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The University of Wolverhampton: Helping Businesses to Innovate

Most business owners want to grow their company but often lack the budget, the people or the ideas to achieve their goals. They also find it difficult to create enough time to be truly innovative and develop the ideas that will keep them one step ahead of their competitors.WLV_LOGO_09_black

Being able to develop financially-viable ideas can be challenging, but they are not challenges that business owners have to face alone.

The University of Wolverhampton has an impressive track record of working in partnership with businesses, regionally, nationally and internationally, to help them overcome the challenges being innovative can bring.

Over the last two years, the University has supported more than 1,600 businesses by providing training, consultancy and funded business support programmes. It has delivered nearly 9,000 days of training to give businesses the skills they need to confidently innovate and over 900 consultancy opportunities that were focused on using innovation to expand the business.

The University’s business support programmes have been designed to help organisations in their search for innovation. For those businesses looking to develop new products and services, the University offers a highly-focused innovation programme that allows them to actively collaborate with some of the best business experts and graduates in the region.

The Knowledge Transfer Partnership programme develops bespoke solutions to specific organisational needs and provides the budget and expertise needed to deliver that solution.

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Social Media: does it make you, or cost you, money?

This post will explore why social media isn’t all about improving your bottom line and how it should be viewed more as a cost centre within your business.

Long gone are the days (I hope!) of social media advisors professing how they can help you double or triple your turnover using social media. That’s not to say you can’t use social media to improve sales, absolutely you can: it all comes down to what business type you are and what objectives you set for Social Media.

Let’s take an example: you run an e-commerce site, a classic example where you can set an objective of e.g. increasing web traffic from social media sites by 40% over the next 12 months. A clear objective, easily measured via analytics.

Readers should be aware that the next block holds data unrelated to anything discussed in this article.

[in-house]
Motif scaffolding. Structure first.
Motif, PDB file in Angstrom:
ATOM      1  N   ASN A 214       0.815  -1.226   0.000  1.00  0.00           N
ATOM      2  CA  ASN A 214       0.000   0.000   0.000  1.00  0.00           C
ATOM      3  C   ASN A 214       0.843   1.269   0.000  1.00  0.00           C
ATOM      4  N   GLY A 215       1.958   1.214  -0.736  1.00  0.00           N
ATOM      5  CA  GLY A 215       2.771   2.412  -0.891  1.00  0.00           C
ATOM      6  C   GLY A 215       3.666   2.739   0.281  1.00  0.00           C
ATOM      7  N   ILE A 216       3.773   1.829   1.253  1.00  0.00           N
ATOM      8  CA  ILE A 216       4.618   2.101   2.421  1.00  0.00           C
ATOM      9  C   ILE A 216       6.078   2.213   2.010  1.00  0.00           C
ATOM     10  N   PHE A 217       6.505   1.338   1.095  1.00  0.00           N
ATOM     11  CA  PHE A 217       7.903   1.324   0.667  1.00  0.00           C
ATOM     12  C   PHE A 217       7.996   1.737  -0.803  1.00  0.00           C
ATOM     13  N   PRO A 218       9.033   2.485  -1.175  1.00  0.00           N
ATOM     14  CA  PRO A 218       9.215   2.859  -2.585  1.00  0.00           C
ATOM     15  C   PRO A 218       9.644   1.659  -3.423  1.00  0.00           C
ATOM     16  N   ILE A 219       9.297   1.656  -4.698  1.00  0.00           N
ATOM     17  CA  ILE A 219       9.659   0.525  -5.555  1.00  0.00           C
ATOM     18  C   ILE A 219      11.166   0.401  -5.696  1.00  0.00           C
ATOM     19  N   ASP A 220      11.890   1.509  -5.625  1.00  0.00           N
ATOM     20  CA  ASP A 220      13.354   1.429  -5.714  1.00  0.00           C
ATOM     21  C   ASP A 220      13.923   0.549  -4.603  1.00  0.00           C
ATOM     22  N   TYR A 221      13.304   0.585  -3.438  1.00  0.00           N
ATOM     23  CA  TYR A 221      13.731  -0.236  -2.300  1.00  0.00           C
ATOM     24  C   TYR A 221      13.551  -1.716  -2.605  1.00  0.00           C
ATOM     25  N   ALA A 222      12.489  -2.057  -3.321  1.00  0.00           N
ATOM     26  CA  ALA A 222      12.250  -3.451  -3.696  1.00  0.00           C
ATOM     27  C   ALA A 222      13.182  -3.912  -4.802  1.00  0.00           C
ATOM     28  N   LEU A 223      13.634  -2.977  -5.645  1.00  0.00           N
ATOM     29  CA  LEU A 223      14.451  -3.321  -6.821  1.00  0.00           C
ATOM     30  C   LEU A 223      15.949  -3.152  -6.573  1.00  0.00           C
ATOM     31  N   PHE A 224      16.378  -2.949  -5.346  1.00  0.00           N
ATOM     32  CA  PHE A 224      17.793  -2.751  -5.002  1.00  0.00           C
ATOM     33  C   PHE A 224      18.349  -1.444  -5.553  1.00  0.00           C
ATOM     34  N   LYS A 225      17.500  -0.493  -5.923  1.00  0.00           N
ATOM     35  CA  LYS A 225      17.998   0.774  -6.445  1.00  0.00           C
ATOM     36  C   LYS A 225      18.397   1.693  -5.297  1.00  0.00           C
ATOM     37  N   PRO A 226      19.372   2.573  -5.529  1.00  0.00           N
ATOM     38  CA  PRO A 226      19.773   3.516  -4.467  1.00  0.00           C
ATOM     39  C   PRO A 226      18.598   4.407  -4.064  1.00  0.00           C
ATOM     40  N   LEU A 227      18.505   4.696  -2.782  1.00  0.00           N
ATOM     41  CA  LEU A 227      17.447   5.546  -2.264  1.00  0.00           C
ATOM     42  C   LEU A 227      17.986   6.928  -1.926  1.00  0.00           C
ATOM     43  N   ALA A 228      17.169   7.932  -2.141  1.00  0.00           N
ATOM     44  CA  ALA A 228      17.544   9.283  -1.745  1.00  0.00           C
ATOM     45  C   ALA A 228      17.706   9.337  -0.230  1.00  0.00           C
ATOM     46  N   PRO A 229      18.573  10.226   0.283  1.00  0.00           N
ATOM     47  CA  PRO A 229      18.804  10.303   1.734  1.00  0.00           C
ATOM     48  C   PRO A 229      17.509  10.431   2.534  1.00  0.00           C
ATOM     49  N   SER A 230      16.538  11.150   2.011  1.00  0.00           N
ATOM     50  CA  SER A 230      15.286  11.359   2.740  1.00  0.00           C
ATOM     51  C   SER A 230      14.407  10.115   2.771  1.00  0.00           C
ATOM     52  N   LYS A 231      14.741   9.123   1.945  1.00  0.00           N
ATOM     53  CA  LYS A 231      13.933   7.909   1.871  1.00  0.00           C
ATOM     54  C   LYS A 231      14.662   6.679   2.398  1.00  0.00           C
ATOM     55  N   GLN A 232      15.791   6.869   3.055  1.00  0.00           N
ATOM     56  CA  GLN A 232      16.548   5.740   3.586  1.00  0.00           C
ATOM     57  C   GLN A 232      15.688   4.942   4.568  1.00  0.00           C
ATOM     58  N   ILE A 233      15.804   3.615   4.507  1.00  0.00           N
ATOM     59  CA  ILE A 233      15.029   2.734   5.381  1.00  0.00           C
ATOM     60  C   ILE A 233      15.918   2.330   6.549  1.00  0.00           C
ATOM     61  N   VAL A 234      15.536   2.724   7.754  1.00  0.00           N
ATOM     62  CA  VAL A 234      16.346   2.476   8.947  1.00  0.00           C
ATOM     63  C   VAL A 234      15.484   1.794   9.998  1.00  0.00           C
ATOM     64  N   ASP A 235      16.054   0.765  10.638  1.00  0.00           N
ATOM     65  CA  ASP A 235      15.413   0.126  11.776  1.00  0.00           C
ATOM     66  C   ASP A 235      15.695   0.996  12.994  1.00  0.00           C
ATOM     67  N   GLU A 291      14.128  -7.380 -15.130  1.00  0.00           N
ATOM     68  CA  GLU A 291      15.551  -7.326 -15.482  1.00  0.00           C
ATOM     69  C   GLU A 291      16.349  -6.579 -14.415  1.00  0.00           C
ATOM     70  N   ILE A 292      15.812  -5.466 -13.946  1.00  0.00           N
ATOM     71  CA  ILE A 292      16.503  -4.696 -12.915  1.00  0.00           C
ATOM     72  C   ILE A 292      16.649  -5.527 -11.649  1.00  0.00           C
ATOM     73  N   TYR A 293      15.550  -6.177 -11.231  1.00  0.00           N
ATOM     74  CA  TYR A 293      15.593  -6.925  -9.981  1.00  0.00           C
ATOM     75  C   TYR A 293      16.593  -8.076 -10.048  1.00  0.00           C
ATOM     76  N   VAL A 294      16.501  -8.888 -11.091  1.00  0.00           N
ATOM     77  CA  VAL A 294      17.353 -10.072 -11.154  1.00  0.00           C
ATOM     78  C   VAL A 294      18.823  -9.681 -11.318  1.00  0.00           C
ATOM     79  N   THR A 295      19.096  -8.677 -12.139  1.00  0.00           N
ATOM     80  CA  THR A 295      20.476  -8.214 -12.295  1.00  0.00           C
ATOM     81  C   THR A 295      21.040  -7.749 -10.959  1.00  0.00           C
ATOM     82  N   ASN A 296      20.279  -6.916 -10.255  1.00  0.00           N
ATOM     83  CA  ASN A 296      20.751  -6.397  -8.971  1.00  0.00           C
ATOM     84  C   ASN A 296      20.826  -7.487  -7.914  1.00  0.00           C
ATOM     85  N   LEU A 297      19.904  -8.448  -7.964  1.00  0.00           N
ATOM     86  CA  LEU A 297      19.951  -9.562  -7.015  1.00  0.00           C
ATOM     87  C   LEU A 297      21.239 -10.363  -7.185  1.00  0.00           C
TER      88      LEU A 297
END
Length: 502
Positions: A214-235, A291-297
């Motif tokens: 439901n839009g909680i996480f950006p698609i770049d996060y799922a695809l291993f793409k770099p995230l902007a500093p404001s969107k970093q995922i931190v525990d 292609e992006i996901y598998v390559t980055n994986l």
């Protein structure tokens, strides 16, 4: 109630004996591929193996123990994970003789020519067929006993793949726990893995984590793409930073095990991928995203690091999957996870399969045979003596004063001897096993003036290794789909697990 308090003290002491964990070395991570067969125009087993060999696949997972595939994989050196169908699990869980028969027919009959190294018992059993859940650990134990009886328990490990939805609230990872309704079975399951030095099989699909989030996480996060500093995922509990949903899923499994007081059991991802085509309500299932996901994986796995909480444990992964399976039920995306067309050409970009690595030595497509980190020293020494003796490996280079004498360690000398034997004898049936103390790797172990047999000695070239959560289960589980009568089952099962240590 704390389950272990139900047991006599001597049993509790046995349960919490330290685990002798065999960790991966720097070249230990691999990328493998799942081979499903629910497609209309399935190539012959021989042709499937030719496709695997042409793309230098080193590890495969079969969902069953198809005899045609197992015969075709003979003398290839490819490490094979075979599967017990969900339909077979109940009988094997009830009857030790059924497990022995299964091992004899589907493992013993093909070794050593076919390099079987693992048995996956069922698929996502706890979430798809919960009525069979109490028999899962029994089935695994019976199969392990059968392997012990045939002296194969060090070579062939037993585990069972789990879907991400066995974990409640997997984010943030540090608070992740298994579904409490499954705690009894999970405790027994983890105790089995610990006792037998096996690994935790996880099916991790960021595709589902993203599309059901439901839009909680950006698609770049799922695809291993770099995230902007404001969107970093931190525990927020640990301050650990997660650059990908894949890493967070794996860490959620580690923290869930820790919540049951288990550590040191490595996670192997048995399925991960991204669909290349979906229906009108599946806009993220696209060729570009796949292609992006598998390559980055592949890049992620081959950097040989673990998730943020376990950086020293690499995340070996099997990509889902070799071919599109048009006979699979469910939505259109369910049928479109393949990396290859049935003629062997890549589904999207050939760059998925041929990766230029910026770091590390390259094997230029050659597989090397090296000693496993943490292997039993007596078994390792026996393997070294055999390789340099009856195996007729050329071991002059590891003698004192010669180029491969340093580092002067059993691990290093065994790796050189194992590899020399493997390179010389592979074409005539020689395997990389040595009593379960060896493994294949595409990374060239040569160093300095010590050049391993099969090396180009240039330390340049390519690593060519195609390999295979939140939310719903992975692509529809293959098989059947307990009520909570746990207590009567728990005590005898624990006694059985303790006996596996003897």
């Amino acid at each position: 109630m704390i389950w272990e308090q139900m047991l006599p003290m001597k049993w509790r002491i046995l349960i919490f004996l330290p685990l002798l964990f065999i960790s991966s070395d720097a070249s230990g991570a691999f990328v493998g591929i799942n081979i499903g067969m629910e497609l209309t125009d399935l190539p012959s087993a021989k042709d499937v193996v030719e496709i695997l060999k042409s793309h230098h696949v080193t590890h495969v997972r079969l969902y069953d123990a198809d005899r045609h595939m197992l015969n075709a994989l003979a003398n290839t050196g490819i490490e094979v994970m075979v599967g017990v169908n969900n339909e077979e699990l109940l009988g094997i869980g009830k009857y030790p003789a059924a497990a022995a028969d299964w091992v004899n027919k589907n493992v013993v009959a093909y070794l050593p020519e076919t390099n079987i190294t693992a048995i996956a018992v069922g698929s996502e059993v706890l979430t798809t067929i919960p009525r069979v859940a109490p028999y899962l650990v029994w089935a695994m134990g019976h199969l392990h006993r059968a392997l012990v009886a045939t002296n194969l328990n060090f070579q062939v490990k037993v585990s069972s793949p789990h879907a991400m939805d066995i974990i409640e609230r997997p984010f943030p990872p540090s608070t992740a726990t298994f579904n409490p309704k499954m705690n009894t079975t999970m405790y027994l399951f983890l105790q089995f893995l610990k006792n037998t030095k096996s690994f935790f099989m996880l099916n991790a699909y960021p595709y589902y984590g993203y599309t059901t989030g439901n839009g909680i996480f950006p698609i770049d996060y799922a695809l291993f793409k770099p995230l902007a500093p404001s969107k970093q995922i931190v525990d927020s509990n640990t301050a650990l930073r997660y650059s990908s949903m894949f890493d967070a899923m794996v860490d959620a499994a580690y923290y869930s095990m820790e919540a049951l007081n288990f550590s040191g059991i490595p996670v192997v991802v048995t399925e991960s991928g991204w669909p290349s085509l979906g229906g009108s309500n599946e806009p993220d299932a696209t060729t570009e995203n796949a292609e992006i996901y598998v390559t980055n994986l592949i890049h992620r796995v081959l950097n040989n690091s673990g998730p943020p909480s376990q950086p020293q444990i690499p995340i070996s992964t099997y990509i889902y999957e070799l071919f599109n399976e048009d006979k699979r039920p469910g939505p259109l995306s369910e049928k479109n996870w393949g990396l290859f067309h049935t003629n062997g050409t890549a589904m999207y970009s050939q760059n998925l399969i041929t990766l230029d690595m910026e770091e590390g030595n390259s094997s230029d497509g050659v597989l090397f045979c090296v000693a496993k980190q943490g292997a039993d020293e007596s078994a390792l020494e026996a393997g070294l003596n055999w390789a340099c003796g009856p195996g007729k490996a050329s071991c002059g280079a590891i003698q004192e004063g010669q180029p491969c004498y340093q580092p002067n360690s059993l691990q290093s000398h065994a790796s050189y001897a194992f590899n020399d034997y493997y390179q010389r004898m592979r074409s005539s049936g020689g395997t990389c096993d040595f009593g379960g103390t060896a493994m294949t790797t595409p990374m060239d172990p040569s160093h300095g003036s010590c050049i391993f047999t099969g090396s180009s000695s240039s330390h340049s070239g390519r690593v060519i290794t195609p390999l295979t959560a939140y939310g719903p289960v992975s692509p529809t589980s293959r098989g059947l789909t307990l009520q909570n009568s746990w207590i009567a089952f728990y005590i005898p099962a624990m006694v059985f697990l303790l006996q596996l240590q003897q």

Compare that to an objective for a lot of professional services firms: e.g. raising company brand and profile in the local market. Firstly, how would you measure that accurately? Could you precisely match your social media efforts to any increase in sales? Good luck!

Another way to look at social media is that just as 20 years ago many businesses looked at websites as not essential (!), here we are with businesses stating social media isn’t essential for their business. The bad news is it is essential for most businesses these days.

Why? Simply put, consumers are lazier than ever thanks to the digital age and want information pushed out to them (principally via social media), even doing an online search is beyond some users these days. If you’re not part of this online conversation, you potentially miss out on a lot of business.

For many businesses now, social media is an additional customer service channel (that is expected by the customer). Whilst indirectly you may be able to attribute increased sales to improved customer service by being present on the likes of Facebook and Twitter, ultimately it’s another cost to your business.

A website is a cost to your business, social media should be viewed no differently; time is money. If you can build social media objectives for your business that you can directly track to increased sales, then you’re one of the lucky ones!

Otherwise, accept you have a new cost centre thanks to social media, then look at how you can use it most effectively to keep costs to a minimum while ensuring maximum return (be that financial or in terms of reputation).

Jan Minihane, Social Media Advisor

www.thenetadvantage.co.uk

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Sums Insured and The Perils of Under Insurance

When reviewing Buildings, Contents, Stock and various Property Insurances the question of the adequacy of Sums Insured is always high on our agenda.

Often, people know the market value of their house, a figure most of us readily have in mind.

Alan Richardson
Chartered Insurance Broker

However the market value of a property has no relationship with what the insurance policy requires, the cost of reinstatement, rebuilding or replacing – and correspondingly the Sum Insured.